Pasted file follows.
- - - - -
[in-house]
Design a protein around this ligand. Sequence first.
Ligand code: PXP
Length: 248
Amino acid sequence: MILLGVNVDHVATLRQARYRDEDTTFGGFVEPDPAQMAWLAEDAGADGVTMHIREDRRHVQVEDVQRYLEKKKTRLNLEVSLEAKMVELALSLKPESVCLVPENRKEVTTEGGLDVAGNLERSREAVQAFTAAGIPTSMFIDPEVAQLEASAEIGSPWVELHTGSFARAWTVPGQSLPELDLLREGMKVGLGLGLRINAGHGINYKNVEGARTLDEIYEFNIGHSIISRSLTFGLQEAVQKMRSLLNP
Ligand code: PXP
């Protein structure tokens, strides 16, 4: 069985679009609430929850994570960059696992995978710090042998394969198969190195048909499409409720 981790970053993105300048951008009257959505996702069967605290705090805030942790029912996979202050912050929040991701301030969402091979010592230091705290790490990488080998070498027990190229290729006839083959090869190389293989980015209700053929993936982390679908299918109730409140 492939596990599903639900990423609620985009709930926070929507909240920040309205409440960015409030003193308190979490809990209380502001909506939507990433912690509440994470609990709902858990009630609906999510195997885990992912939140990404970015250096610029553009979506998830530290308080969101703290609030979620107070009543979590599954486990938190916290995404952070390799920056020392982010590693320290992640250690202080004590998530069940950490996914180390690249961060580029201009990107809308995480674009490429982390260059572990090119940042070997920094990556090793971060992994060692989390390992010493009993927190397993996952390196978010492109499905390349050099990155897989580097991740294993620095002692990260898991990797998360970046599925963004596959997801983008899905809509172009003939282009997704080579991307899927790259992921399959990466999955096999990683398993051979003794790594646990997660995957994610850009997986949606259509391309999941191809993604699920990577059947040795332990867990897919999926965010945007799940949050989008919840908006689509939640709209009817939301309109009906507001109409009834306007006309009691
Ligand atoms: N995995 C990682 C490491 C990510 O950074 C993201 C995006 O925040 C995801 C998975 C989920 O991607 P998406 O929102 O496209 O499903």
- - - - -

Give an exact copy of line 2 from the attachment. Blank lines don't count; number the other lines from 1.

Design a protein around this ligand. Sequence first.